# Other planets interaction on Earth-Moon System

1. Sep 15, 2009

### moon_sphinx

Hi again :)

I need some help in a not difficult question (I hope).

I would like to know how other planets can interfere in the system Earth-Moon - I suppose it is mainly gravitational force acting.
However, is this interaction from other planets big enough to cause changes in the route of the Moon, or distance from Moon to Earth, or even the speed of rotation or translation of the Moon?

How can I compute such interactions?

Do I have to calculate the F= G M1 M2 / (d^2)
for each planet on Moon?

Thank U

2. Sep 15, 2009

### fatra2

Hi there,

You're right on the dot. The main interaction of other planets is gravitational. This interaction is incredibly weak, due to the "small" mass of the planets and their distance to us. On the other hand, the Sun has a much bigger gravitational pull than planets in our system.

The system Moon-Earth has been form with these interactions (planets and Sun gravitational pull). Therefore, to think that they might suddenly change something drastically in this system is not realistic.

Cheers

3. Sep 15, 2009

### D H

Staff Emeritus
This is not an easy question. Yes, you can calculate the forces of the Sun, the planets, and the Moon on each other at some point in time using Newton's law -- if you know where everything is. Now, what does that tell you? The answer: Not a whole lot.

To see the effect of these forces are one needs to integrate these forces over time. This cannot be done analytically. This is a many body problem. Numerical integration techniques are needed. For high accuracy, some aspects of general relativity must be incorporated into the model, and the model needs to encompass small bodies as well as large. What will this tell you? You will get the positions of the solar system bodies as a function of time over the period during which you performed the integration. This is the approach taken by JPL and the Russian space agency in formulating their planetary ephemerides model.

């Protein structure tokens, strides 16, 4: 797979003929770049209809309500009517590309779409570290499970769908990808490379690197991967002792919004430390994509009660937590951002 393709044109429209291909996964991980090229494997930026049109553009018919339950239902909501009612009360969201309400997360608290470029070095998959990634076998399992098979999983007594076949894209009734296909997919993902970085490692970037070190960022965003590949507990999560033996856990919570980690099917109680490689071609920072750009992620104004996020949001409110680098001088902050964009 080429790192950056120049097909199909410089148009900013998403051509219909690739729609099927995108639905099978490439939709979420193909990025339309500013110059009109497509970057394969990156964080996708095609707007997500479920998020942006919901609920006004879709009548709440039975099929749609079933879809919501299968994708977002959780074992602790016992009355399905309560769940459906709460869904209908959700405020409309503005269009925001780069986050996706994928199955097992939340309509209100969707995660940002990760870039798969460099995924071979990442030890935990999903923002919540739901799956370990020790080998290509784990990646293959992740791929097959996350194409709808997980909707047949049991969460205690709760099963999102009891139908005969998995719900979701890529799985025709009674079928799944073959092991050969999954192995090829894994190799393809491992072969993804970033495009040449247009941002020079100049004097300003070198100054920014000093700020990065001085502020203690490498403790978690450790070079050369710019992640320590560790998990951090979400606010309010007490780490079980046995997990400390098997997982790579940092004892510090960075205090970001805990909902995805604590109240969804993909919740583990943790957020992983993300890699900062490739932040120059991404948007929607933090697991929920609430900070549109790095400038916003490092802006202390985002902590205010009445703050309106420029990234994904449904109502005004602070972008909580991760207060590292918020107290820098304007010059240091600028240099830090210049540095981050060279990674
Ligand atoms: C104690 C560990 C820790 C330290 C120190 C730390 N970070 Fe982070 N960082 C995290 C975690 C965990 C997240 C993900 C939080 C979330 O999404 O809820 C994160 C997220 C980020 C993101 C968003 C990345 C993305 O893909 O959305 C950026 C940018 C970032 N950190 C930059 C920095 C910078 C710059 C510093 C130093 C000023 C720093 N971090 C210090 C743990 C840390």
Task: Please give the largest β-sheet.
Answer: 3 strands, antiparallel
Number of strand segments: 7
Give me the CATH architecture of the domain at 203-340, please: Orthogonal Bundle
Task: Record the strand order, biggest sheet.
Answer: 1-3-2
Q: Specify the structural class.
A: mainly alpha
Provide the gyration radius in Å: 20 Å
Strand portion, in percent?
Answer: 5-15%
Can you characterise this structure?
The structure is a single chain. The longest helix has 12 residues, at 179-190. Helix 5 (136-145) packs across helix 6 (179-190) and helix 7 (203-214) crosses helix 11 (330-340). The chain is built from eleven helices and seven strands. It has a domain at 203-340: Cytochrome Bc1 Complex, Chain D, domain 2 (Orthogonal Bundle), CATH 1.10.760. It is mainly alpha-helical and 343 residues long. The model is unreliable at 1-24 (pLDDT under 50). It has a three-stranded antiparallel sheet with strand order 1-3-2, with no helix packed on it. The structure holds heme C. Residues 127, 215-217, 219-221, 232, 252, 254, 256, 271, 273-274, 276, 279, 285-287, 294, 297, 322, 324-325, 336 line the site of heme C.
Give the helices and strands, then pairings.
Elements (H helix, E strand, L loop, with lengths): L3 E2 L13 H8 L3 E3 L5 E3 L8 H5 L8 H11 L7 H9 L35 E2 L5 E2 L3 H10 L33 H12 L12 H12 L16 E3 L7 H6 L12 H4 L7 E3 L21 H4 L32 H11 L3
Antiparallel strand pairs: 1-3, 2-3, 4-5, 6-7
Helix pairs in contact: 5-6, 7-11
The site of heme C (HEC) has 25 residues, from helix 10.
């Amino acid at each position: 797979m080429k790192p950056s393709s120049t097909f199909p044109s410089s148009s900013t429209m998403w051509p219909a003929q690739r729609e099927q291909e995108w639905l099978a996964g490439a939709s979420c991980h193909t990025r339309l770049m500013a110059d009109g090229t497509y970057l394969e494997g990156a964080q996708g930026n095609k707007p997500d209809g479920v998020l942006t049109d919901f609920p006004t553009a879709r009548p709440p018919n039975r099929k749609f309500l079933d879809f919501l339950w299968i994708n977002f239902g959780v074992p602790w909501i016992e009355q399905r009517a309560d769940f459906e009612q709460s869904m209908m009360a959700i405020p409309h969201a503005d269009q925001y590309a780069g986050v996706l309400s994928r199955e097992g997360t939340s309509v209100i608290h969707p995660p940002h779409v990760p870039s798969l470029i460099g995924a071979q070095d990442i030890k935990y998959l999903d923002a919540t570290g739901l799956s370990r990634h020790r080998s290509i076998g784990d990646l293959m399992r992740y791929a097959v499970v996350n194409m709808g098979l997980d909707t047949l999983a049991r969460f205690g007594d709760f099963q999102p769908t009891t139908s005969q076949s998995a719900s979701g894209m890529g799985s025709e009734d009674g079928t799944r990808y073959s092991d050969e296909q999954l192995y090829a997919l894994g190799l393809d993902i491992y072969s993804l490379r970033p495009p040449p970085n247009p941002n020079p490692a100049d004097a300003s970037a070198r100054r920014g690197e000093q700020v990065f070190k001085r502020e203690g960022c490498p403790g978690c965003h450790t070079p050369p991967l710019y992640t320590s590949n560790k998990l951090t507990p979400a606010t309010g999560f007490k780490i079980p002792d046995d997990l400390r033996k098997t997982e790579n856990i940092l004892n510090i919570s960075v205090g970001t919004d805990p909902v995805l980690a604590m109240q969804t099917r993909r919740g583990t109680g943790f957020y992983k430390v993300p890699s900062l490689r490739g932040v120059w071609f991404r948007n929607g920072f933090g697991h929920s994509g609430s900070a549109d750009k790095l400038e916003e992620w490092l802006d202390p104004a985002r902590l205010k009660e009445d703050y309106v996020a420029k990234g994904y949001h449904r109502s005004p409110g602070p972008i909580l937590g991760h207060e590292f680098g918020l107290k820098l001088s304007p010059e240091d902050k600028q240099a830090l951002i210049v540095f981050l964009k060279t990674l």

This approach doesn't say much about orbits (orbital elements). If you want to know about orbits you will need to take a different approach. That approach is what people used before computers. The approach taken by Lagrange, Dalaunay, Hill, Newcomb, and Brown (these were the key developers) was to describe the behavior of the Moon in the form of Hamiltonian written in terms of the orbital elements. Lagrange started this by developing Lagrange's planetary equations. Dalaunay's planetary equations refined Lagrange's approach. Hill wrote his own planetary equations because Lagrange's and Dalauney's approaches converged very slowly. Newcomb added some refinements to Hill's work. Brown put the capstone on the whole thing.

Some of the seminal papers:

Brown, E.W., "On the theoretical values of the secular accelerations in the lunar theory," Monthly Notices of the Royal Astronomical Society 57:5 342-349 (1897)

Hill, G.W., "On the application of Delaunay transformations to the elaboration of the secular perturbations of the solar system," Astronomical Journal, 22:527 183-189 (1902).

Newcomb, S., "On the action of the planets on the moon," Astronomical Journal 25:592 129-132 (1907).

A couple more recent papers that use a planetary equations formulation:

Standaert, D., "Direct perturbations of the planets on the moon's motion," Celestial Mechanics, vol. 22:40 357-369 (1980)

Chapront, J. & Chapront-Touze, M., "Planetary Perturbations of the Moon in ELP 2000," Celestial Mechanics, 26:1, 83-94 (1982)

4. Sep 15, 2009

### moon_sphinx

So, as I understand, the forces from other planets and sun in the system Earth-Moon will not affect much, besides what it has been doing.

Is it correct to say that in the system Earth-Moon, this interactions are minimum?

I also know that the moon is "getting away" from Earth. Are the other planets or Sun responsible for this, or do they take a big part?

As far as I know the Earth as been loosing angular momentum to the moon. And the consequences are: the Earth is slowing down (because of the lost of momentum) and the moon is raising the radius of it's orbit (so moving away from Earth due to the gain of momentum). So, I don't have to worry about other planets in this matter, right?

Thank U
moon_sphinx

5. Sep 15, 2009

### D H

Staff Emeritus
Did you read my post, moon_sphinx?

What exactly are you trying to do? If you want to compute the Moon's orbit for a month or so you can ignore the Sun. Beyond that, you can't ignore the Sun. If you want to compute the Moon's orbit for a few months or so you can ignore the shape of the Earth. Beyond that, you can't ignore the shape of the Earth. The planets have lesser effects, but those effects do exist. The reason the Moon's orbit is eccentric rather than circular is because of the Jupiter and Venus. See http://adsabs.harvard.edu/abs/2007DDA....38.0303C.